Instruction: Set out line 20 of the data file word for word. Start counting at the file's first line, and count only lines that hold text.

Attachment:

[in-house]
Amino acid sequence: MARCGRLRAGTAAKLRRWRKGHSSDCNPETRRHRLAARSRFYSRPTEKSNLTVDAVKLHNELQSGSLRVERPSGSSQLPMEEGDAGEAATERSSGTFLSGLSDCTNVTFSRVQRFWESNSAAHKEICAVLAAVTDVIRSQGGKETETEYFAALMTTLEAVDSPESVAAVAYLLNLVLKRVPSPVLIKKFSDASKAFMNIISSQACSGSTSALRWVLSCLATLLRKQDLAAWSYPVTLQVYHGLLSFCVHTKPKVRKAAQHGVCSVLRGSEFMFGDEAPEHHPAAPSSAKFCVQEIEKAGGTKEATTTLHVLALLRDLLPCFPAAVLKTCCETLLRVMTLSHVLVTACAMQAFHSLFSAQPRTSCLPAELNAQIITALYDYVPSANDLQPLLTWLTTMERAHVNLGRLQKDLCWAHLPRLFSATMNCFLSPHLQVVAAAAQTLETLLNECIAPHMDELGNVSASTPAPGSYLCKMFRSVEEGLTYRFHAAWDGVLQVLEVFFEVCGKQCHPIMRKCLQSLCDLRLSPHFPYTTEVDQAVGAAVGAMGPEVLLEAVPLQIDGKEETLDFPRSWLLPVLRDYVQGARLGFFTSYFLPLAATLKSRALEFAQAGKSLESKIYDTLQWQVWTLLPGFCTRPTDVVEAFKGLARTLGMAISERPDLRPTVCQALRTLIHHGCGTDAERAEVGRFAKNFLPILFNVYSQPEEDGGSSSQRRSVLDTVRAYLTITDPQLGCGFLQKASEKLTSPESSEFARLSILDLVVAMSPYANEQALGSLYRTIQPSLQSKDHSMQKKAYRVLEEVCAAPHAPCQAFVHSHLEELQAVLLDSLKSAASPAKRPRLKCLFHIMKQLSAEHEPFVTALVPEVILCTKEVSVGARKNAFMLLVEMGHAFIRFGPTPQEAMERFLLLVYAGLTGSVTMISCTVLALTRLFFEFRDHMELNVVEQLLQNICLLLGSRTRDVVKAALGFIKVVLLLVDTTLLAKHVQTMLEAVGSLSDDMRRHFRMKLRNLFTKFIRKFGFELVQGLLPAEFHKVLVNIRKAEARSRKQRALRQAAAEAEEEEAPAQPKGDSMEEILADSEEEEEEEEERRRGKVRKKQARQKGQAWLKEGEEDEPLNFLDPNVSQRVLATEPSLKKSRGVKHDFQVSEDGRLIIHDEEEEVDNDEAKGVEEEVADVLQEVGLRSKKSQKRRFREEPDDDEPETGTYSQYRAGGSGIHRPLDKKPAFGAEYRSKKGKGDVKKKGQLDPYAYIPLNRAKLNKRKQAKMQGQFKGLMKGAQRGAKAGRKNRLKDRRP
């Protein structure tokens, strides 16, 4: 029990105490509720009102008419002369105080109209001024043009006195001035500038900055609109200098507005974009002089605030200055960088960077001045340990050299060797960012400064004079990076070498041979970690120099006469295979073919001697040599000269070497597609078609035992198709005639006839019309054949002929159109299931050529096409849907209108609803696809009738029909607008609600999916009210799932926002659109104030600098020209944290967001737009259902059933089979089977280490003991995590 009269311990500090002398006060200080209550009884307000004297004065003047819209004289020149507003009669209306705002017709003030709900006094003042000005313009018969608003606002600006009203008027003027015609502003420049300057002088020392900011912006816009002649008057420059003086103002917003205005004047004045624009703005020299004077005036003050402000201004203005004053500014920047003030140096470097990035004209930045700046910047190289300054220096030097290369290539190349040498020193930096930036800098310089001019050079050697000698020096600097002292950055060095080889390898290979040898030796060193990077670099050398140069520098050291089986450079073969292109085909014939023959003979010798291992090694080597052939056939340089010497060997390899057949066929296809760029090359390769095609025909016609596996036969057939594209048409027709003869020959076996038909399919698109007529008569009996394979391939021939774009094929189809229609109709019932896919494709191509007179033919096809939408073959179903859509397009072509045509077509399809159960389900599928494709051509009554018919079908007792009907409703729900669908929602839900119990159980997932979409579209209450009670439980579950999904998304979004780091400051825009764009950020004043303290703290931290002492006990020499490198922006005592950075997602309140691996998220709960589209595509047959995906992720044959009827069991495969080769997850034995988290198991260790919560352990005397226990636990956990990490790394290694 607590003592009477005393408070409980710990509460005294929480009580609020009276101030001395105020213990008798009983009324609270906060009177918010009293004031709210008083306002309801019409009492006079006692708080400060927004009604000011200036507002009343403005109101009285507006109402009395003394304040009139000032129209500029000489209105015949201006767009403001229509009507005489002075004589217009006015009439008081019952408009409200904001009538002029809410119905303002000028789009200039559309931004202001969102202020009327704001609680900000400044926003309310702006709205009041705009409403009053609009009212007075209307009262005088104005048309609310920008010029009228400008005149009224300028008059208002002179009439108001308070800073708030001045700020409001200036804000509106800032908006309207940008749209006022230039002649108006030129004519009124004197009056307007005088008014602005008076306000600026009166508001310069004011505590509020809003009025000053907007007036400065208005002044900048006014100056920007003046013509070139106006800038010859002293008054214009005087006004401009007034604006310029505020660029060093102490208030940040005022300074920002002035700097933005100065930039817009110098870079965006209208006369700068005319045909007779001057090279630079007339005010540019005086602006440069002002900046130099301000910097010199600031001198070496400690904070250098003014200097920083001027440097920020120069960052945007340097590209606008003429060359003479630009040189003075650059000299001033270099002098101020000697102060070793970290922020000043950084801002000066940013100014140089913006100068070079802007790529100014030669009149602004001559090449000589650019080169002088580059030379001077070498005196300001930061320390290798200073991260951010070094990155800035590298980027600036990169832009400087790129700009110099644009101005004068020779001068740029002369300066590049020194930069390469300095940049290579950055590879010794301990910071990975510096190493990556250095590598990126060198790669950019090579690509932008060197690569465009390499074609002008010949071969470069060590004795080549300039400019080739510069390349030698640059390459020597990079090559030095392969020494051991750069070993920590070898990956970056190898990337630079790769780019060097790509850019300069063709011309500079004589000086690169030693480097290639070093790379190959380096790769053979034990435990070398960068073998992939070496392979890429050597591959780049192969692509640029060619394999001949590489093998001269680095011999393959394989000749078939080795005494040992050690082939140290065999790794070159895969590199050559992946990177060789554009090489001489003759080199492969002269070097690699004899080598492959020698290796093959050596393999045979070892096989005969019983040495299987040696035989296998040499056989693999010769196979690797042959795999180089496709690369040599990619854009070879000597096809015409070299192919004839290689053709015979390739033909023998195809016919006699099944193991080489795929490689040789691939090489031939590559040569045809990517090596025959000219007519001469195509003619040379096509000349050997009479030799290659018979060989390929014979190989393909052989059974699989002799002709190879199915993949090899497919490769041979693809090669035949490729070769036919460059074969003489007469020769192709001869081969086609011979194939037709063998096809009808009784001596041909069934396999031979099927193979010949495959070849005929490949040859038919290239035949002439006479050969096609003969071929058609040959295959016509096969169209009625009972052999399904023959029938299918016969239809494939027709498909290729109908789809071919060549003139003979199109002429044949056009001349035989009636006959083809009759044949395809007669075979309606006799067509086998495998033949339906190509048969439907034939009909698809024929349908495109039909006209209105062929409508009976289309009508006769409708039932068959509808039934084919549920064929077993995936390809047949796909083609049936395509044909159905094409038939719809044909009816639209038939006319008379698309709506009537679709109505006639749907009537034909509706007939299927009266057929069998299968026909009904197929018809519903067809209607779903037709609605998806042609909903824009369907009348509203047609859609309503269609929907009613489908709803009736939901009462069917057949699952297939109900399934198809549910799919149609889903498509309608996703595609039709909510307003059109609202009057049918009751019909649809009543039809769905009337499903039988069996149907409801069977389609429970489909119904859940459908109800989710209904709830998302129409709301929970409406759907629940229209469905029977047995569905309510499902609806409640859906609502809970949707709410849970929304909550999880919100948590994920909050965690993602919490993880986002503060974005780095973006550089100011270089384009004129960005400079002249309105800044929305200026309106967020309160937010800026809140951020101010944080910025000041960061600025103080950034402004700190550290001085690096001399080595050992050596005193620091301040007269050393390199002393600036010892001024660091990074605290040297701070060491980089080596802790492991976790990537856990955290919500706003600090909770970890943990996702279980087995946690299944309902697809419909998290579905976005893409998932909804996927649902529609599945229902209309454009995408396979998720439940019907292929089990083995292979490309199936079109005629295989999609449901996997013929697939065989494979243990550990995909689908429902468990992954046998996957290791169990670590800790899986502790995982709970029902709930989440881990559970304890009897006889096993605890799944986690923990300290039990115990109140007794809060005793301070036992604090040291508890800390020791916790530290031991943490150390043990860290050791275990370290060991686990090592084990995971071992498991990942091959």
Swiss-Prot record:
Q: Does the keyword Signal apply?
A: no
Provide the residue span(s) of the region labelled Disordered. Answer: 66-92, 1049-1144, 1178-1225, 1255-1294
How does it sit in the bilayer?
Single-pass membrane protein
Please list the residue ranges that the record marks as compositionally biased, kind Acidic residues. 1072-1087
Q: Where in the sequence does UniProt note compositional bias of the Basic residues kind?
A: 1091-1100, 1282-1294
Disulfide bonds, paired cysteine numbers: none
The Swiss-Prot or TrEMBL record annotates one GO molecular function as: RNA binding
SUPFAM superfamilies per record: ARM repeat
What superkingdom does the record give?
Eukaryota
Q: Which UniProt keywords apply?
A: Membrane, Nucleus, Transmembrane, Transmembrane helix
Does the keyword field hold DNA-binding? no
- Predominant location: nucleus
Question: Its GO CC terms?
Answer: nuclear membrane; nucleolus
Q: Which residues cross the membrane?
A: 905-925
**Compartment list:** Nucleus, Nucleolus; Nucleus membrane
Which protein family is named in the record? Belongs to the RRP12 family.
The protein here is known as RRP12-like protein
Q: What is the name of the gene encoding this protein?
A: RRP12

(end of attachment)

Does the keyword field hold DNA-binding? no